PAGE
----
Message in a Bottle Mailbag: Metal-ion crowns, PermaSeal and sensitivity, holiday parties
Editorial Director Joshua Austin, DDS, FAGD, answers reader-submitted questions to help you navigate your dental and hygiene product decisions (and more!). This month, he learns of a new approach to using metal-ion crowns, offers his take on sensitivity and PermaSeal, and shares what he did for his staff holiday party.
The "Message in a Bottle Mailbag" is a monthly feature of the e-newsletter, Pearls for Your Practice: The Product Navigator. Each month, Editorial Director Joshua Austin, DDS, FAGD, answers reader-submitted questions to help you navigate your dental and hygiene product decisions (and more!). This month, he learns of a new approach to using metal-ion crowns, offers his take on sensitivity and PermaSeal, and shares what he did for his staff holiday party.
Dr. Samuel wrote: You made some good suggestions in your article about making a temporary crown from nothing. I agree with your comments about metal-ion crowns. But I use them every time I am in the position you described. Here's how: Finish your prep, then select the most appropriate metal-ion crown. Insert the metal-ion crown (with no cement, etc.) on the prep. Take a quick impression of it using the material of your choice. I use a polyvinyl siloxane (PVS) bite registration so I can keep it until I deliver the crown. Remove the metal-ion crown from the impression and use the impression to make a temporary as you would if you had the matrix from the start. The result is quick and esthetic with no extra appreciable cost. You can even sterilize the metal-ion crown to use as a tooth form again later.
Thank you so much for writing in, Dr. Samuel. This is a great idea that works perfectly well, and in my opinion, it’s the only reasonable use for a metal-ion crown. Aside from the fact that they are metal and patients generally hate the esthetics, the worst thing about metal-ion crowns, in my opinion, is that the margins can end up with very sharp overhangs that irritate the gingiva. Your idea eliminates that problem. With the bisphenol-A glycidyl methacrylate (bis-GMA) temp made from the outline that the metal-ion crown gave us, you can trim and polish the margins to a smooth, flush surface. I also like the idea of sterilizing them and reusing them. I might order a small kit to have some around for just this purpose. Thank you!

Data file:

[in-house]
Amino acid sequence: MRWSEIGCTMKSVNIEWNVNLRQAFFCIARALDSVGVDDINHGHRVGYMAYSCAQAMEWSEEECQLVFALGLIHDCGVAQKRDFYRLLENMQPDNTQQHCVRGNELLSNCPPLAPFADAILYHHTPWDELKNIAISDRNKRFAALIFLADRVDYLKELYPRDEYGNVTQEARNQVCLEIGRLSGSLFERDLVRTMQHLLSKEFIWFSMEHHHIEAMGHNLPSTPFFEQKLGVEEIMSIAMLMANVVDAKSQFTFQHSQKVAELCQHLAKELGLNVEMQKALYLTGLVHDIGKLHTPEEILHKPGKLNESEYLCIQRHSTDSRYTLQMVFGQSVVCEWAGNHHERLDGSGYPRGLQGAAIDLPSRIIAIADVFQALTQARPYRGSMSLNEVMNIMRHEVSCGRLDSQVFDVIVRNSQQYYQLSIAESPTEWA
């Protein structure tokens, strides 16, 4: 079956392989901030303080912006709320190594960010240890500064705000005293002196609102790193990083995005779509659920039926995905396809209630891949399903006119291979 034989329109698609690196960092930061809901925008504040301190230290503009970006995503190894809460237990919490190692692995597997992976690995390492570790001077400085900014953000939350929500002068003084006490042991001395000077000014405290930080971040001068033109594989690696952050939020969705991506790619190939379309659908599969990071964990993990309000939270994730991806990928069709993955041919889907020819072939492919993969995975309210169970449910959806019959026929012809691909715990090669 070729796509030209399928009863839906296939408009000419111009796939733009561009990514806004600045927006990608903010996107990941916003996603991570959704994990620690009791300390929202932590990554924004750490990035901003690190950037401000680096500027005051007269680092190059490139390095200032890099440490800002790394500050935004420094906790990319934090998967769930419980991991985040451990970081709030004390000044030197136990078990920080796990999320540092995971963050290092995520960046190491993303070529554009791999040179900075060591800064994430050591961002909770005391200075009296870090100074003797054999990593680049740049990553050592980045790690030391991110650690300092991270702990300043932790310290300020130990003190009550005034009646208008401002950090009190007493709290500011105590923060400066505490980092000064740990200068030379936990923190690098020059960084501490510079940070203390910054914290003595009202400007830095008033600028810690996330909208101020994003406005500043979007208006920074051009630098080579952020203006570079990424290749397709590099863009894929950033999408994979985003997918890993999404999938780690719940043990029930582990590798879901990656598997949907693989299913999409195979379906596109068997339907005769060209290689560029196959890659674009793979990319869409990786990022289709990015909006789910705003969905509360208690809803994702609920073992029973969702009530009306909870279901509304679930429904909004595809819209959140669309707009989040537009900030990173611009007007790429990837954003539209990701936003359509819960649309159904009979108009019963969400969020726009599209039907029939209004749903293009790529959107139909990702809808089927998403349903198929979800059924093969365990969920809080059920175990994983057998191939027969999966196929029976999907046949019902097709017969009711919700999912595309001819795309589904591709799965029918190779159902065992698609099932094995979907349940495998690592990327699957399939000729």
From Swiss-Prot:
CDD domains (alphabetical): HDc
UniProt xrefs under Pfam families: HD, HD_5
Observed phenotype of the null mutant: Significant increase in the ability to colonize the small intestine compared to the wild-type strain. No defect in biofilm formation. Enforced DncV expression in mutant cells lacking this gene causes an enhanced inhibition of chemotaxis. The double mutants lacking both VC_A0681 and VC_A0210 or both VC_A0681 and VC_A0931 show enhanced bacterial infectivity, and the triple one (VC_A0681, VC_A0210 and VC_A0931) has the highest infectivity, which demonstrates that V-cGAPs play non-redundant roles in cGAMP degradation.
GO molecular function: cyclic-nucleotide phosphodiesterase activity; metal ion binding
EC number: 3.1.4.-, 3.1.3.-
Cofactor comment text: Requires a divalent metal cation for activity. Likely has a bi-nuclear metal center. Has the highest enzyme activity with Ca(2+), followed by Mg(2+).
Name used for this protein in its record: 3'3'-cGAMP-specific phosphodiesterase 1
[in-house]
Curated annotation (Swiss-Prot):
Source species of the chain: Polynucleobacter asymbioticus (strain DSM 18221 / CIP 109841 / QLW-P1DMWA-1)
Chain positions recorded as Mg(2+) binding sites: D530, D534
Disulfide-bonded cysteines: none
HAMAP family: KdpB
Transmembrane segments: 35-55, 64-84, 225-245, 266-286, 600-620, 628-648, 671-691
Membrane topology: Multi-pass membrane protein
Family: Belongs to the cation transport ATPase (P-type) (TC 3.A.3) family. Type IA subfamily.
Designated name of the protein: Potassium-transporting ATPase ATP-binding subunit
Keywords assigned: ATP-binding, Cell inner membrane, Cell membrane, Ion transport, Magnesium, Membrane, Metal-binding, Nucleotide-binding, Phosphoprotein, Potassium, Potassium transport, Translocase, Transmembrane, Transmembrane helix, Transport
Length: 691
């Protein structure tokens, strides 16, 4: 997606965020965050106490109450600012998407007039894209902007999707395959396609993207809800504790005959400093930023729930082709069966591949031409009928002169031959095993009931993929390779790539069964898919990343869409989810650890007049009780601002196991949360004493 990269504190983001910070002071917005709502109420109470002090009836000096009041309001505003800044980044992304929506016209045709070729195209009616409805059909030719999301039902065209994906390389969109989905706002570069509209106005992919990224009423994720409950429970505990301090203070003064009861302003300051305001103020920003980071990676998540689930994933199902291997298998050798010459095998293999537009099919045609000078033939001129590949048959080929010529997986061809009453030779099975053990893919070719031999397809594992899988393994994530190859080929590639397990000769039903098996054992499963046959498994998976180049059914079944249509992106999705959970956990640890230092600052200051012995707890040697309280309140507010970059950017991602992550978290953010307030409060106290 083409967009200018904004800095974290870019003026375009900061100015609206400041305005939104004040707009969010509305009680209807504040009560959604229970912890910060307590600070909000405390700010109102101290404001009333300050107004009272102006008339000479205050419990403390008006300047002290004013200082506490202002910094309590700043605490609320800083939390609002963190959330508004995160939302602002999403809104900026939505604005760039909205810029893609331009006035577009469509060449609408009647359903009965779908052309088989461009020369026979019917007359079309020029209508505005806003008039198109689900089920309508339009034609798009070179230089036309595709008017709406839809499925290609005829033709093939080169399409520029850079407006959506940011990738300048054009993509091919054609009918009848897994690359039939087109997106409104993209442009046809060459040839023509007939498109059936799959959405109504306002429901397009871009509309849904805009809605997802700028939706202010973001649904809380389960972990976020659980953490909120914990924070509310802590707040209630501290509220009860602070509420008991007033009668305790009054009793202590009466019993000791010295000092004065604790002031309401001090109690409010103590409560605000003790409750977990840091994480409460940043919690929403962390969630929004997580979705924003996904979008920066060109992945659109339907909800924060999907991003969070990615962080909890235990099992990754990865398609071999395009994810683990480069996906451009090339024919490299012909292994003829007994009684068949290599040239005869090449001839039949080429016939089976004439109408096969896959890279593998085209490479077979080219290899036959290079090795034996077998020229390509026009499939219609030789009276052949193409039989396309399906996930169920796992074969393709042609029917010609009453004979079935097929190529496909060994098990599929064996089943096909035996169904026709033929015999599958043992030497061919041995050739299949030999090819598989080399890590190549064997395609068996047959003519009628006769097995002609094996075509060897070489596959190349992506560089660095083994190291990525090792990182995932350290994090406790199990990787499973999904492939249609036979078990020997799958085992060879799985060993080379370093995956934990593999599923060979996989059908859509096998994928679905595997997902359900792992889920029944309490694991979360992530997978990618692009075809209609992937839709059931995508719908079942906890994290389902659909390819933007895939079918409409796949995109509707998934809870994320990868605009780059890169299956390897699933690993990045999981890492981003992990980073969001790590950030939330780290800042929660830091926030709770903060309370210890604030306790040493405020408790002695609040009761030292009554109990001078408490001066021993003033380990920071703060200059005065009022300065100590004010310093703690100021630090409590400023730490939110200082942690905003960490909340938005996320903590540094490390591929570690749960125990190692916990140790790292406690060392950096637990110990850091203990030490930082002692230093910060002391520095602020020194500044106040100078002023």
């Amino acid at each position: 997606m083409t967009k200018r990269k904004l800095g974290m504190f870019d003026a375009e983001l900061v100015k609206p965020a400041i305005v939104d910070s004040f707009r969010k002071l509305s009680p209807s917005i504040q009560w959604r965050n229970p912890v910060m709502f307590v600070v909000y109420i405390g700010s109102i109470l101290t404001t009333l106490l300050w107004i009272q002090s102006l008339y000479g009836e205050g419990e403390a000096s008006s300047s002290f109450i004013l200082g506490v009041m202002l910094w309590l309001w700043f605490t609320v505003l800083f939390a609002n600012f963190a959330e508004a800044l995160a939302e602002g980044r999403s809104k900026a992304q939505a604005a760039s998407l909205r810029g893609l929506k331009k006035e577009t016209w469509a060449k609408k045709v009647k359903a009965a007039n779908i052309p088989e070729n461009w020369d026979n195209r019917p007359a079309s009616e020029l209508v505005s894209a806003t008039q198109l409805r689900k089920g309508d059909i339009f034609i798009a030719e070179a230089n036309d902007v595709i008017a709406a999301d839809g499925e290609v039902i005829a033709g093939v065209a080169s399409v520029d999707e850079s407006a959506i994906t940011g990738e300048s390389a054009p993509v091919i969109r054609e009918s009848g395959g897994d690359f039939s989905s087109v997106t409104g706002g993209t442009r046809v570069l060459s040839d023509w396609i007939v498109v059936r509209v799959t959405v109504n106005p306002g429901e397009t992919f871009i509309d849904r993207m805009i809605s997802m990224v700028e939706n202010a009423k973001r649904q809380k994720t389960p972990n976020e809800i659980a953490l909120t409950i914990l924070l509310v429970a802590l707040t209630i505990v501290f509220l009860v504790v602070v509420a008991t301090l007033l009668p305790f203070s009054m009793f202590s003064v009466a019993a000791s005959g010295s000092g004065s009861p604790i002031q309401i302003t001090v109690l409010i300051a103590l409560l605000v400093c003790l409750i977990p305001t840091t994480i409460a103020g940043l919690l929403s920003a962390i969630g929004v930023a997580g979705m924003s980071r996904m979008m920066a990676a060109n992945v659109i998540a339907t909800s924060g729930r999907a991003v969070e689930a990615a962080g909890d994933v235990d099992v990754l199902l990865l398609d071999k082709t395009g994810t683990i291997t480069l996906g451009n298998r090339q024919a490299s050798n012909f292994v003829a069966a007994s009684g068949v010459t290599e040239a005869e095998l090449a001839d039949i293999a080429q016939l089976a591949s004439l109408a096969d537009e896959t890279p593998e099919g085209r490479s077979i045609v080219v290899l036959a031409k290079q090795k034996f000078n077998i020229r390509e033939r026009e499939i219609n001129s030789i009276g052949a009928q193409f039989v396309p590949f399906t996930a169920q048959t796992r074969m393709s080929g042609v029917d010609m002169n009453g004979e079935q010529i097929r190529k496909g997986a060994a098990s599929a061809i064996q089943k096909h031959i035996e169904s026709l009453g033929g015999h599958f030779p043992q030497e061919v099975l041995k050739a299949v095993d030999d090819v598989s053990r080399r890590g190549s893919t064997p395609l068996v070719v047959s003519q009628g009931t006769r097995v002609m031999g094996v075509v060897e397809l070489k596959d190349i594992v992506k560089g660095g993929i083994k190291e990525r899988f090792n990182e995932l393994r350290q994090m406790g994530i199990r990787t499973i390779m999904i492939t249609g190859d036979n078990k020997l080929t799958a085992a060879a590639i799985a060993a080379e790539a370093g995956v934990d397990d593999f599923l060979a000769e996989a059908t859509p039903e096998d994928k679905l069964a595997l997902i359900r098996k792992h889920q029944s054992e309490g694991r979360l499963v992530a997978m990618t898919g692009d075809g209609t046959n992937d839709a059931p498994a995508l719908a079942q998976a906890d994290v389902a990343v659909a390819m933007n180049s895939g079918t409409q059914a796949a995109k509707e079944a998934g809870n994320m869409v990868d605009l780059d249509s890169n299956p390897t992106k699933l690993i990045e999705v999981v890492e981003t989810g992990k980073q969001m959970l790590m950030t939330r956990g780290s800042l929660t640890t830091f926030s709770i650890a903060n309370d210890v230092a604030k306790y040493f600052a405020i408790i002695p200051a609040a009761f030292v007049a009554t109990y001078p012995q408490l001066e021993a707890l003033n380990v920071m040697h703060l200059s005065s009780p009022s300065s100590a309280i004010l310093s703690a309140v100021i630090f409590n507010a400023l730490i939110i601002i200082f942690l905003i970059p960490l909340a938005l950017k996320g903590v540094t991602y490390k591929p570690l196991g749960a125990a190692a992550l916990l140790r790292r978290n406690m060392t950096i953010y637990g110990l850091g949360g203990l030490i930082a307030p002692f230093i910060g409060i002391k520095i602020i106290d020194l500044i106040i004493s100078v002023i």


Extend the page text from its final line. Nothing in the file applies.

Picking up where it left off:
Dr. Kathleen F. asked: Does the additional etching with PermaSeal cause sensitivity?
Thanks for writing in. You could get some sensitivity if you etch dentin. If you are just dealing with enamel, there will be no sensitivity. This would mainly come into play for Class V restorations. With those, I recommend limiting the etch to the restoration surface and not extending down the root. That would mitigate the risk of sensitivity. Great question!
Jim from Pennsylvania asked: What did you do for your staff holiday party?
Thanks for your question, Jim! Holiday parties are always a tough deal. It is impossible to please everyone and for some reason, staff love to complain about the holiday party. I am not sure why that is. We are under no obligation to have one. We do it for them as a “thank you” for their hard work for us. They are expensive and a headache to plan, but people love to complain about them as if they are some kind of birthright. I’ve done all kinds of different parties—from a restaurant to my house. Once, I even cancelled one on the day of the party when my staff members weren’t getting along and were creating drama among themselves.
This year, we decided to involve everyone’s families. I rented out a movie theater, and we had a private showing of the movie Elf. Everyone brought their spouses and kids. The theatre, Alamo Drafthouse, serves food, so they catered the event. They did an interactive “quote-along,” so the whole thing was interactive. Everyone seemed to have a good time, and they appreciated that we were all able to meet each others’ families. I think it was a good party. Next year, we will probably go back to an adults-only party with lots of wine and whatnot, but this year, it was nice to do something more family-oriented. Hope your holiday party was great this year!
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Joshua Austin, DDS, FAGD, is an editorial director for Pearls for Your Practice: The Product Navigator, an e-newsletter from DentistryIQ.com and Dental Economics. He also writes the "Pearls for Your Practice" column in Dental Economics. After graduating from the University of Texas Health Science Center Dental School, Dr. Austin associated for several years. During October of 2009, he opened a solo general practice in a suburban area of San Antonio, Texas. Dr. Austin is involved in all levels of organized dentistry and can be reached at firstname.lastname@example.org.